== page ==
I notice, Ignatius the Kiwi, that you write "Church" with a capital letter, but I am more concerned with the universal church of Christ, as described in the Adventist Quarterly where they say we find Christians in any denomination, and perhaps do not even attend a Church. I am interested in Christian Anarchy (Tolstoy variety) but would not claim to be one. Attach a label and we would easily become institutionalized and certainly no support of a theocracy.
    How we would deal with evil is of great importance to us all of course, and all varieties of anarchism have much to say about that.
    My view is that we have to put up with governments as we find them, pray to God that they govern in as humanely way as possible, avoid war, and wait for the Second Coming of Jesus.
     
    Last edited: Dec 8, 2018
  9. Norman70

    Norman70 Active Member

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    I have been looking at Romans 13 and using The Good News Bible - why not - one Bible is as good as the next, they all use the written words of man, but by study, talk and prayer we hope to get closer to the Word of God, which is Jesus.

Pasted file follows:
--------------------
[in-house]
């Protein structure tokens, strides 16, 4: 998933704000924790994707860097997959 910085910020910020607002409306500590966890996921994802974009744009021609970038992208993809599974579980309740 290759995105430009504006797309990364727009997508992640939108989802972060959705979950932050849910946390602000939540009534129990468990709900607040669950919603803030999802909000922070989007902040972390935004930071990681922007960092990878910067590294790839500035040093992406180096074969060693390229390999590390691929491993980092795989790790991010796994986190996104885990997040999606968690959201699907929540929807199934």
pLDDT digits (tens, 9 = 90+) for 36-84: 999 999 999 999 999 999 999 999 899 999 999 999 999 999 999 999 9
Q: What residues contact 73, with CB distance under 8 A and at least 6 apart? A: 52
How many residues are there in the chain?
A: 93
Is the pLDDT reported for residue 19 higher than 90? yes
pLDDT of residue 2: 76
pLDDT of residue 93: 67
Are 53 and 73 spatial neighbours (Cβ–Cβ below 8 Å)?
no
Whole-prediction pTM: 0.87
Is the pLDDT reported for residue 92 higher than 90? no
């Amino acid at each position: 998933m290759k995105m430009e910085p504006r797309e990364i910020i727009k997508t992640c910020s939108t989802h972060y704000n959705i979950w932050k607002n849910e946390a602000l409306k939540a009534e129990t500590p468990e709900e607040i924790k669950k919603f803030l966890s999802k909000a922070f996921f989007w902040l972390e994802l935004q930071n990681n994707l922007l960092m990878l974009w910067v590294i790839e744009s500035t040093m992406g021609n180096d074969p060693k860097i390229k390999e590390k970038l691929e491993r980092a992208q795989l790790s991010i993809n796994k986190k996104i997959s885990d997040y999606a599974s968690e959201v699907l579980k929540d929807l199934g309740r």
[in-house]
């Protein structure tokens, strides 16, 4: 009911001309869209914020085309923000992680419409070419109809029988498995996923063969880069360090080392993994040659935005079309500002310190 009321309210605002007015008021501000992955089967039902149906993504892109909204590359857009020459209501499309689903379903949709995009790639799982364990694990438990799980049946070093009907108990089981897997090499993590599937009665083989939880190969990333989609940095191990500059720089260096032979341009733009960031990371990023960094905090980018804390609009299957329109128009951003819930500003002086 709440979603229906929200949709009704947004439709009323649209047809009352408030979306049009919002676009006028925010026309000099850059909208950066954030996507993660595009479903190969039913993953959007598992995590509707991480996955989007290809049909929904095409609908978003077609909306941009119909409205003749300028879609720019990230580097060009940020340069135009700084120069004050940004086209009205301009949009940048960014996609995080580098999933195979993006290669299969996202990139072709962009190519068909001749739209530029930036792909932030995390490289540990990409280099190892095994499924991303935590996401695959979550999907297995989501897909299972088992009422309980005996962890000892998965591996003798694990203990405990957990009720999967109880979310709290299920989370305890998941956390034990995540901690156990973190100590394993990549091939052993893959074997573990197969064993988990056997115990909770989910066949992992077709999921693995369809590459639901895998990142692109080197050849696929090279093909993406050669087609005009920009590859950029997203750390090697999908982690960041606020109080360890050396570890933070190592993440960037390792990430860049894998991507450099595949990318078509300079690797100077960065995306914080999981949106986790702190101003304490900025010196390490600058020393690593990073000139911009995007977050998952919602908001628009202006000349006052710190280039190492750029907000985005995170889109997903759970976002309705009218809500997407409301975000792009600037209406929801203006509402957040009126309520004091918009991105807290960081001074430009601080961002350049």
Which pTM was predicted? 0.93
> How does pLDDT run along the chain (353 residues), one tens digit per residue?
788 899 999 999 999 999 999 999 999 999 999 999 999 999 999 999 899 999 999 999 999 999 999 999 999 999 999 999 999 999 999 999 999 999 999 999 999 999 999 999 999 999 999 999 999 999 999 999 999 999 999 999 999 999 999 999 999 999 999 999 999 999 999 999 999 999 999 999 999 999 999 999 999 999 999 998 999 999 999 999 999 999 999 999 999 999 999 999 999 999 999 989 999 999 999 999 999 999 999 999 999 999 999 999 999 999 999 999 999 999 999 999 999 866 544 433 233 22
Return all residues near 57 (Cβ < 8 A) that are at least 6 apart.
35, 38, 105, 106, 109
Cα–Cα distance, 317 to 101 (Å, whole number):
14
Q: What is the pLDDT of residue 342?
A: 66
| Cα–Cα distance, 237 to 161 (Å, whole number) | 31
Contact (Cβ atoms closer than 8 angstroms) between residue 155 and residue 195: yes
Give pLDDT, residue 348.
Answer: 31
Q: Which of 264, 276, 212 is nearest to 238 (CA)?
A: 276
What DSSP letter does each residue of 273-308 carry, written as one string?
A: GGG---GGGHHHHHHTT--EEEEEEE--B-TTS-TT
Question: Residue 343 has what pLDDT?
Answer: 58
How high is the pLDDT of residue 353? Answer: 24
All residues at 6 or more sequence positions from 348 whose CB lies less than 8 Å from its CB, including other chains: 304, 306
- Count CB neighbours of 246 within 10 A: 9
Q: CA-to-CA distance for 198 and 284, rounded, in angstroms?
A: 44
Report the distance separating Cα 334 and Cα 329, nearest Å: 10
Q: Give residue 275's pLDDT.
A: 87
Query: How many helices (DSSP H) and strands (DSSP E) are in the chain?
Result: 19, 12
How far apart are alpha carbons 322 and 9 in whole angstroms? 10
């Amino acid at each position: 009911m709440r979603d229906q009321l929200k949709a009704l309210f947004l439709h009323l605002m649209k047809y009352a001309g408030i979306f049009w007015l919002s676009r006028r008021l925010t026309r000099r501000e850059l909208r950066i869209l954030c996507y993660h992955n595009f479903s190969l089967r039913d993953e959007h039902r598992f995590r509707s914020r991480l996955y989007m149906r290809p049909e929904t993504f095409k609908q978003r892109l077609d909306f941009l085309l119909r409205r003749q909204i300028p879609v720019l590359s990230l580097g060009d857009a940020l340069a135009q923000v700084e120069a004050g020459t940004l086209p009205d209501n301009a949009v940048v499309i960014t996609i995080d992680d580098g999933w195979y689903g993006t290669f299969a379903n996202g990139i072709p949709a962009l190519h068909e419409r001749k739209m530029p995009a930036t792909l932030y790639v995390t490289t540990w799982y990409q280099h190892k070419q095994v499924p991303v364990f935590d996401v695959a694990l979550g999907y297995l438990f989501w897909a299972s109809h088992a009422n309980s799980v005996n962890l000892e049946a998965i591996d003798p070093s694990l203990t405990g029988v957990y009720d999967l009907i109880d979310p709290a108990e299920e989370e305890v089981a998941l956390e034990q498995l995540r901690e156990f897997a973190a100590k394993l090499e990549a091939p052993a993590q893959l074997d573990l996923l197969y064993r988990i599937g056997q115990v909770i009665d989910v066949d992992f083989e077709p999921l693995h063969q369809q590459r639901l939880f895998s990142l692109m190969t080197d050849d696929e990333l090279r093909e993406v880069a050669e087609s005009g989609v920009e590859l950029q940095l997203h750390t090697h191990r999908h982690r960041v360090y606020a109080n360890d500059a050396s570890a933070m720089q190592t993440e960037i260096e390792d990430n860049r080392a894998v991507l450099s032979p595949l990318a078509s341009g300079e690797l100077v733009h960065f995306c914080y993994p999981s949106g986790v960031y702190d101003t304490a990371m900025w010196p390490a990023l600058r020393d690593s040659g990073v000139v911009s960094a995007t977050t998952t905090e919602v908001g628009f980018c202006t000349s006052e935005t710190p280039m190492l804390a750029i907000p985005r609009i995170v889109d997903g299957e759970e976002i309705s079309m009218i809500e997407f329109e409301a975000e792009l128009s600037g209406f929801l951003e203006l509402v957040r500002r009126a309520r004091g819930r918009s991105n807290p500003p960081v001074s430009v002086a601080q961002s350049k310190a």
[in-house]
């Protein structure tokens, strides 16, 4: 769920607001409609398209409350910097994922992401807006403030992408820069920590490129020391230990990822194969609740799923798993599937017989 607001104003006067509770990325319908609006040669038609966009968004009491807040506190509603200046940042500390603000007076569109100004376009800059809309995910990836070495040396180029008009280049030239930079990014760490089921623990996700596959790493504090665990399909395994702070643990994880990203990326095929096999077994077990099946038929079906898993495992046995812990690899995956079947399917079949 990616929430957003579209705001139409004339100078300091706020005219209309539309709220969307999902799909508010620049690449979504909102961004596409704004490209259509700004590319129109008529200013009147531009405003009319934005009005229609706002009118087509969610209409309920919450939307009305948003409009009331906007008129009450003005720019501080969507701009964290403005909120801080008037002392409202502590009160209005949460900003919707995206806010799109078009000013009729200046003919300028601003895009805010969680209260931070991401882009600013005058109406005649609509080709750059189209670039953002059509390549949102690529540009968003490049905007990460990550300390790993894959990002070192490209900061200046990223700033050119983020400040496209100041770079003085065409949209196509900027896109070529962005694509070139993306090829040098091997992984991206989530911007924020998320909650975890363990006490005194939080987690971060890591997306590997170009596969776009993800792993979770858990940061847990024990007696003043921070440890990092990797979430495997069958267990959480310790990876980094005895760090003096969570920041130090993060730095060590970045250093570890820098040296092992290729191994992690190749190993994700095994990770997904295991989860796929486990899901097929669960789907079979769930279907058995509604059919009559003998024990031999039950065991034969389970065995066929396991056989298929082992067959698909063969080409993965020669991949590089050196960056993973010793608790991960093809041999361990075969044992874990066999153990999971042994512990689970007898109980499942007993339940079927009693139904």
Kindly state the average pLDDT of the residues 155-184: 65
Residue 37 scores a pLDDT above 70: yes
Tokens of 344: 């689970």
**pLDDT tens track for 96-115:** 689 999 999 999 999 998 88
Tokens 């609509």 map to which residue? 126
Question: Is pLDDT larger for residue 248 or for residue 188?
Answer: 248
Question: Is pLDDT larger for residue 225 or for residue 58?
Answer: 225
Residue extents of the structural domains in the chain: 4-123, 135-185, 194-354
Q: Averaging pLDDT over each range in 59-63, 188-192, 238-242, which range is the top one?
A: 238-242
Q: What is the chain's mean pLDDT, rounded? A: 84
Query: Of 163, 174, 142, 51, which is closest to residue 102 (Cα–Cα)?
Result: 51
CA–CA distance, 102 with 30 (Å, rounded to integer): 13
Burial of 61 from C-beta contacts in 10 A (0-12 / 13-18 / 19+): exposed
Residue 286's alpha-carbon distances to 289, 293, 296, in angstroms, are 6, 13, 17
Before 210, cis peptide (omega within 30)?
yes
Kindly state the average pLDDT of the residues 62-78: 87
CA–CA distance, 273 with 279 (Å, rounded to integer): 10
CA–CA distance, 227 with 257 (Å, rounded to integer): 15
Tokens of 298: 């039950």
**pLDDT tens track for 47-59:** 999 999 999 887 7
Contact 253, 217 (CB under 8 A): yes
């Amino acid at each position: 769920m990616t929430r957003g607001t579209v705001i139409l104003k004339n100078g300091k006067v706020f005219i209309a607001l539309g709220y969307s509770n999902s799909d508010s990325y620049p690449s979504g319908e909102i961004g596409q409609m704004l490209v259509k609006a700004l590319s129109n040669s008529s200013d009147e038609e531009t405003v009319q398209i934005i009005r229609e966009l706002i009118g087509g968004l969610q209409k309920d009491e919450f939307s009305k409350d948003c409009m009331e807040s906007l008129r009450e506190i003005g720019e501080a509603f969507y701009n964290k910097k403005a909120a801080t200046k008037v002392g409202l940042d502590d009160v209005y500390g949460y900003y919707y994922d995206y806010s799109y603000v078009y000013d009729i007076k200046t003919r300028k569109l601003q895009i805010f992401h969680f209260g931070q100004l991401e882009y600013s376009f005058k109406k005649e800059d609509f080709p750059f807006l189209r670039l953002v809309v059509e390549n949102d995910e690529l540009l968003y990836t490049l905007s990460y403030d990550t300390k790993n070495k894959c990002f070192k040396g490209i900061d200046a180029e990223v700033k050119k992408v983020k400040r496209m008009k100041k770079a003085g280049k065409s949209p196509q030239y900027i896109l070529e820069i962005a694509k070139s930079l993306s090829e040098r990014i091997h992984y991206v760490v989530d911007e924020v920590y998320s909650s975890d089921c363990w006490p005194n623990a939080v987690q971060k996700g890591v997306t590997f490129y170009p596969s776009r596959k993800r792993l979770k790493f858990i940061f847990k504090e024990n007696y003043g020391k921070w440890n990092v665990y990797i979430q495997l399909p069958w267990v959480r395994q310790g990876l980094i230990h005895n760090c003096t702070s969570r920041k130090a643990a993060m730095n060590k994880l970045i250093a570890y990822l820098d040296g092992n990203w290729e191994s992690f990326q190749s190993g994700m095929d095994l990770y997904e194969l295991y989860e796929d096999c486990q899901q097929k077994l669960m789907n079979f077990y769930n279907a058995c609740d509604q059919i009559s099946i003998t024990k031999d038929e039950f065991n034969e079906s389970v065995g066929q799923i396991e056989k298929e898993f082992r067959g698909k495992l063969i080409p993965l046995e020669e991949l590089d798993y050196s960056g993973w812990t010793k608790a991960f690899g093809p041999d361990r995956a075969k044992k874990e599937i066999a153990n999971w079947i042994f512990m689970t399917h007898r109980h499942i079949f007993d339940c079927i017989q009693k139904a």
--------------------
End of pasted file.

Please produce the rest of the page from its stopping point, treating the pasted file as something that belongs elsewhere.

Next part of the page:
To take the chapter verse by verse will be a long post therefore I will break it up.
    1. "Everyone must obey the state authorities, because no authority exists without God's permission, and the existing authorities have been put there by God."
    No, there are many state authorities which have been put there by the devil, e.g. fascism. In fact all state authorities are authoritarian, and Jesus was never authoritarian. He was authoritative, as of authorship, and all authorship is by God's permission.
     
  10. Norman70

    Norman70 Active Member

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    Before I proceed to comment on verse 2, I must try to elaborate a little more on how I perceive the difference between authoritarianism and authoritiveness (authorship).